Guiding Leadership, Inside Out

I have had the privileged benefit of a long-term mentorship in business. My mentor had been the CEO with one of the largest companies in our Province. Early in my mentorship, he spoke of the difference between “IQ” and “EQ”. His conviction led him to hire his leadership team with a bias toward EQ. His reasoning was that when the pressure came, EQ would hold.

Think of a soft-sided ball. The ball can be attractive, and bounce ok under normal conditions. However, if we place the ball into a deep pool of water, the deeper we take the ball, the more pressure the ball receives from the water. Under pressure the ball will collapse if there is nothing inside. Alternatively, if there is substance inside, it will either hold the shape of the ball, or seep through as the pressure builds.

The inner life holds form, or seeps through, but the hollow self implodes.
“Public behavior is merely private character writ large.” (Stephen Covey) Covey’s research indicates that we have gradually switched from an emphasis on character to behavior. Behavior may or may not work in the moment, but there is no certainty that behavior will be repeated without character. Character runs much deeper, providing a solid foundation for trust. How can we trust in behavior alone, whether our behavior, or others?

A head full of knowledge is not necessarily wisdom, and does not automatically lead to character. Wisdom is knowledge applied, and character is the substance, the ability, to apply wisdom: to do what’s right and deal with the consequences.
Character is not gained through head knowledge, but through experience. We come up against a crisis, and we are forced to make a choice. The choice we make reveals the substance of our character, but it also has the opportunity to grow our character through testing.

“If people skimp on their inner work, their outer work will suffer as well.” (Parker Palmer) We can’t buy character like we can with knowledge through education, so how do we develop character; what is the inner work?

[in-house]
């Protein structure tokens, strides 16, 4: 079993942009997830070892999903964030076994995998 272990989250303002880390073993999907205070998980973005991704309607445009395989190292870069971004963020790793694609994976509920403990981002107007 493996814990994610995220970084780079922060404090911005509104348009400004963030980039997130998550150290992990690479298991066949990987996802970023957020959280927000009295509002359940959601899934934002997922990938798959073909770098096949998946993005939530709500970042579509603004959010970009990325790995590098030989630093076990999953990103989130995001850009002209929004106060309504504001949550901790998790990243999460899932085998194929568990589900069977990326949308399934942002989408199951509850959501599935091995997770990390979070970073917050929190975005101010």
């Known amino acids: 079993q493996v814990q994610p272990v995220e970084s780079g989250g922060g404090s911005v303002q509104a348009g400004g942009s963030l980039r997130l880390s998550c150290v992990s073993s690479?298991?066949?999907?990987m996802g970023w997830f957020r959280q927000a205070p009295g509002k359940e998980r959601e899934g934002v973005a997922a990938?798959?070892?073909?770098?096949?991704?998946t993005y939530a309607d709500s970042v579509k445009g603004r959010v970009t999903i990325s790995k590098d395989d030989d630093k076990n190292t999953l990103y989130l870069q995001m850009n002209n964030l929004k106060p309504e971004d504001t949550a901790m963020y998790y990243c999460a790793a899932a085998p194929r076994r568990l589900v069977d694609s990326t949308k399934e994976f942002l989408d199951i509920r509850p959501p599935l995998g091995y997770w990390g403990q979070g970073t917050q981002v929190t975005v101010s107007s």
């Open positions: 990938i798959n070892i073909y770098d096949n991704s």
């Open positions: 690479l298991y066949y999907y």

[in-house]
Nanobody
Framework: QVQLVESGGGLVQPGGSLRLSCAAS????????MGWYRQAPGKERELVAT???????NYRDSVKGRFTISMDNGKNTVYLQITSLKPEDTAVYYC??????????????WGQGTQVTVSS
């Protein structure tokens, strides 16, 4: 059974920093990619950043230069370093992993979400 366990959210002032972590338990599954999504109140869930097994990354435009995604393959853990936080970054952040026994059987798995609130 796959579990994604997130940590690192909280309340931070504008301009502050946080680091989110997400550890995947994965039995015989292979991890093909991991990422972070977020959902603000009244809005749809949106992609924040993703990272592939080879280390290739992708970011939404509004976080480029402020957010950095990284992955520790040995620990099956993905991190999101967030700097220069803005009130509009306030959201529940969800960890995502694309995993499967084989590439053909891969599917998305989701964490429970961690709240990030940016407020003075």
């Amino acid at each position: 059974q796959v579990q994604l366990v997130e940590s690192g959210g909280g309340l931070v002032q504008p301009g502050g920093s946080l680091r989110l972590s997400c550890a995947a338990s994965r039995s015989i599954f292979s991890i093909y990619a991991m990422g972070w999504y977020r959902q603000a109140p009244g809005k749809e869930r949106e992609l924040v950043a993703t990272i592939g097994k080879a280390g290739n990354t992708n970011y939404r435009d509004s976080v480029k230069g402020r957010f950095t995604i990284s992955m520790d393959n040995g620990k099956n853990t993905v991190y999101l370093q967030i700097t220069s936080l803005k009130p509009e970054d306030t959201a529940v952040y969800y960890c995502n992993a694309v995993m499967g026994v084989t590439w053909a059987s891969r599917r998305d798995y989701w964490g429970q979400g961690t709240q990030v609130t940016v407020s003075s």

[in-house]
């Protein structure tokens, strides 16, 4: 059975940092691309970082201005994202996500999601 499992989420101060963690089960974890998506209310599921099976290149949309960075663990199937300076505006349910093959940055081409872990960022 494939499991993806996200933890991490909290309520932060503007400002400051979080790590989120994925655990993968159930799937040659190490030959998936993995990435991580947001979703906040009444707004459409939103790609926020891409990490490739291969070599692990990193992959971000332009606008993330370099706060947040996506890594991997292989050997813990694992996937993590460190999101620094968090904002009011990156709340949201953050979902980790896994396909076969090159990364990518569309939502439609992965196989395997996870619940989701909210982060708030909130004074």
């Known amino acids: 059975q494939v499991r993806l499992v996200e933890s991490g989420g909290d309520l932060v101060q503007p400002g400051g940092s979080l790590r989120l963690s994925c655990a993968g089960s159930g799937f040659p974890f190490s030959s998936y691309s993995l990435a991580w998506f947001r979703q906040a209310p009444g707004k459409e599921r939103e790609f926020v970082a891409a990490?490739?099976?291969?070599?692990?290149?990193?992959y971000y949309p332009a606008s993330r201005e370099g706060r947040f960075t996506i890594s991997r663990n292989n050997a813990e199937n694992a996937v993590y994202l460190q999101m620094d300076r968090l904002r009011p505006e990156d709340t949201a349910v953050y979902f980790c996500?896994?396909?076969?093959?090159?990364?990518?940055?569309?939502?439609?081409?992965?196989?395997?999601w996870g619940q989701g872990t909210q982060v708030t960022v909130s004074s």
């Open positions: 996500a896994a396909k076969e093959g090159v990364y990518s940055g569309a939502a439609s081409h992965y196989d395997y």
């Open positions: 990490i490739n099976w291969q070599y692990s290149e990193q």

Inner work requires introspection. We can listen to ourselves as we interact with others, and then take time to process in solitude, to examine our thoughts and motives. This is a great start, but left to ourselves we are prone to ignorance and subjectivity. We don’t know, what we don’t know. We need a compass to help us navigate the darker recesses of our heart. We may think that “left” is “north”, but that does not make it north. North exists outside of our dictate. All we can do is discover it in relation to where we are. If truth is left to subjective interpretation, we are in big trouble, as individuals, and as a society. Some, sincerely stating “its just business”, leave carnage in their wake. We need a compass!

Once we have a compass, the next step in maturing character is interpretation; we need a guide. A guide teaches us how to properly utilize our compass as we journey. This is the beginning of knowledge: understanding of truth. North is north. There is a false north, and there are declination values. Here’s a brief excerpt I found online at “The Compass Store”: “A declination value represents the error between magnetic North and True North, for a specific location. Declination degree values can be either expressed as Easterly and Westerly, or as positive and negative values…your current location could be represented as a Westerly declination of 15 degrees, or as a declination value of -15 degrees.” It is not enough to hold the compass and start walking. We must have instruction in how to use the compass.

A guide also challenges us in relation to the truth that we have learned. Like it or not, we can all be prone to laziness, distraction, justification and self-flattery. We should love ourselves enough to keep ourselves from these things, and rather seek to discover the truth of where we are, and where we need to be. Anything other than truth will lead us to regret.

We can be leaders without doing the inner work, without being men and women of substance. Leaders are people of influence. Gifted as such, it is not a question of whether people are following, but rather “where will we be leading people to?”

We can take short cuts and swap out image for substance. We can grab a quick fix or profit instead of steady gain. However, ultimately the outcome is bankruptcy. A quick study reveals that bankruptcy, corporate, personal, and moral, are all too frequent.
Under pressure, are you imploding? What is seeping out? What is your compass? Who is your guide?